I learned and grew, working with the whip-smart, highly experienced and well-connected Exponent team who were respectful and generous with their time. It made our board a phenomenal team to work with. 

I would characterise that three-year period as the most challenging yet fulfilling and satisfying in my long career as CEO at Dennis.

Was the sale to Future (and your own exit) an emotional experience? 

When a business is owned by private equity, you know for sure where the journey will end, but never quite how long that journey will take – nor where the final destination will be. It’s an entrancing mix of certainty and ambiguity with which you quickly need to become comfortable.

My advice to anyone who asked about any sale timetable was to respond by saying ‘let’s just build a great business together and we will see where that gets us’. And we did exactly that; increasing revenues by 70% in three years and profit by nearly the same. We were all phenomenally proud of what we achieved; the rest, as they say, is history.

I did my very best to be open with all our people at all times. I like to hope this made the eventual sale of Dennis to Future an easier process for our people than it could have been.

As this was a remote, Docusign transaction during a pandemic, the sale of Dennis felt more detached and remote than all of the other deals I had been involved in over the years. It perhaps didn’t help that I fell ill with Covid just days after we announced the sale. The irony wasn’t wasted on me that, perhaps, this was my body’s way of telling me to take an enforced break; the pace and pressure of a £300m transaction isn’t for the faint hearted. 

What are the best lessons you have learned?

In times of trouble or when things hadn’t gone to plan, Felix would often say, “You know what, James? That could just be good luck disguised as bad luck.”

His words have always stuck with me and reminded me what resilience is – the ability to take a knock, pick yourself back up and look forward to the future.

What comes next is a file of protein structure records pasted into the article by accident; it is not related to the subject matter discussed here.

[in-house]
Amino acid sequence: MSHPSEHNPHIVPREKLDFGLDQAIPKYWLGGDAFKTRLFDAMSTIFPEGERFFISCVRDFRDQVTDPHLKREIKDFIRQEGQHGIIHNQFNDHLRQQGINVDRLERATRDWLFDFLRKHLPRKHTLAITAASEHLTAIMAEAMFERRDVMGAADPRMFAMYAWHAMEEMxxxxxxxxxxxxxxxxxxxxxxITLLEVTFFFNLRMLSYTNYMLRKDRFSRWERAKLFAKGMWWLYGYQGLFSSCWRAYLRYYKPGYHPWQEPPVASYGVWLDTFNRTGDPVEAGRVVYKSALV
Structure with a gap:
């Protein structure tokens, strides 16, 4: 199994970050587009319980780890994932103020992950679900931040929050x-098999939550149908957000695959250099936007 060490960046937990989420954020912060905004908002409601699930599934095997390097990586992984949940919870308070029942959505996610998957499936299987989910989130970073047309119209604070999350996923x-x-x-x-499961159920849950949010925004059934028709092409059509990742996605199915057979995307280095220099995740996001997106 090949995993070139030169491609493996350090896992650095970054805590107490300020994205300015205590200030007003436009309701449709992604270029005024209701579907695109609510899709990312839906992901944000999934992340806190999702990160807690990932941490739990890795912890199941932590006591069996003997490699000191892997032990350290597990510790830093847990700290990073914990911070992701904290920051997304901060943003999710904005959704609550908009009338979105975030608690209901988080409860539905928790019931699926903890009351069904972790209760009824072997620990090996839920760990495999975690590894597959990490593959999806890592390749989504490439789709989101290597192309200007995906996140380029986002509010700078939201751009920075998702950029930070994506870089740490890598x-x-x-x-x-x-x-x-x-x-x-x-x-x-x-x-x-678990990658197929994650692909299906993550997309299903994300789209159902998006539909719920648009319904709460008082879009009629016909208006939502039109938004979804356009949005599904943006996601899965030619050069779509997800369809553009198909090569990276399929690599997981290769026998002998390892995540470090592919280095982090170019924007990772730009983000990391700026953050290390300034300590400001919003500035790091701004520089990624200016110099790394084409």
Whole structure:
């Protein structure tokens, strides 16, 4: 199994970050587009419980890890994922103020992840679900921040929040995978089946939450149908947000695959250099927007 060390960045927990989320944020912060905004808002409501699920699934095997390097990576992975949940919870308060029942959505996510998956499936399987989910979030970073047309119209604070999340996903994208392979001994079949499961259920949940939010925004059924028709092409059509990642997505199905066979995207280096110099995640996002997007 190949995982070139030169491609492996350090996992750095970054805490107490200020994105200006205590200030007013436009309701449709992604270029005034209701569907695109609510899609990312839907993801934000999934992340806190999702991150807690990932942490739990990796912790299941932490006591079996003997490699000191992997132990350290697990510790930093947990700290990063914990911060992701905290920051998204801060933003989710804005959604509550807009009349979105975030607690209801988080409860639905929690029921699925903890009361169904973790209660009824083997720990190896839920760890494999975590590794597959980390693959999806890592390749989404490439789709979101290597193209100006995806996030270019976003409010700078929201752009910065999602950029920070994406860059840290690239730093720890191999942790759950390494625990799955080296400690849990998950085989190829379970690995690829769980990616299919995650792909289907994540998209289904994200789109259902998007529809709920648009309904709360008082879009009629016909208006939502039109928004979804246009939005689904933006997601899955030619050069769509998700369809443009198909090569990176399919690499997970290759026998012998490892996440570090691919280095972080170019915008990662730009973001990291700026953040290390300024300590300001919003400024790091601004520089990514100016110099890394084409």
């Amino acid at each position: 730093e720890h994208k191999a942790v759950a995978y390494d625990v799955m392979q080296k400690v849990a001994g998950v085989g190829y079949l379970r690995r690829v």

On a more personal level, I am a huge believer in investing in yourself – emotionally, physically and to always keep learning. Remain curious, be kind, be honest and don’t be afraid of change. After all, if you can’t change, how can you reasonably expect your team and business to?

Which companies do you most admire?

Too many to mention! I’m a firm believer in looking outside your own company for great ideas and inspiration and the UK media sector is full of success stories and great people. 

Rather than be invidious and talent spot companies in my own sector, though, I’ll give a shout out to Games Workshop, a very British success story which thrived in the pandemic and has created some highly valuable IP. It continues to expand globally, with a market cap now of around £3bn, from very humble hobbyist beginnings.

Deep dive into its shareholder reports and the company talks about the importance of its workforce and how the company invests in its people, motivates and rewards them. Games Workshop seems to me to be a company which works very hard to give something back.

What’s next?

I’m working as Executive Chair at Autovia (the automotive business spun-out from Dennis) and loving it. I also work as non-executive Chair for Manageable, an exciting start-up in the coaching space. It takes a disruptive and novel approach to coaching in that, instead of relying on limited coaching for the very top executive layer – itself a highly congested and oversold space – it instead turns managers into great coaches themselves. 

As for me, I’ll do my best to retain my love of life, business and opportunity. If working with Felix Dennis taught me anything, it was to embrace life as a journey and never, ever look back.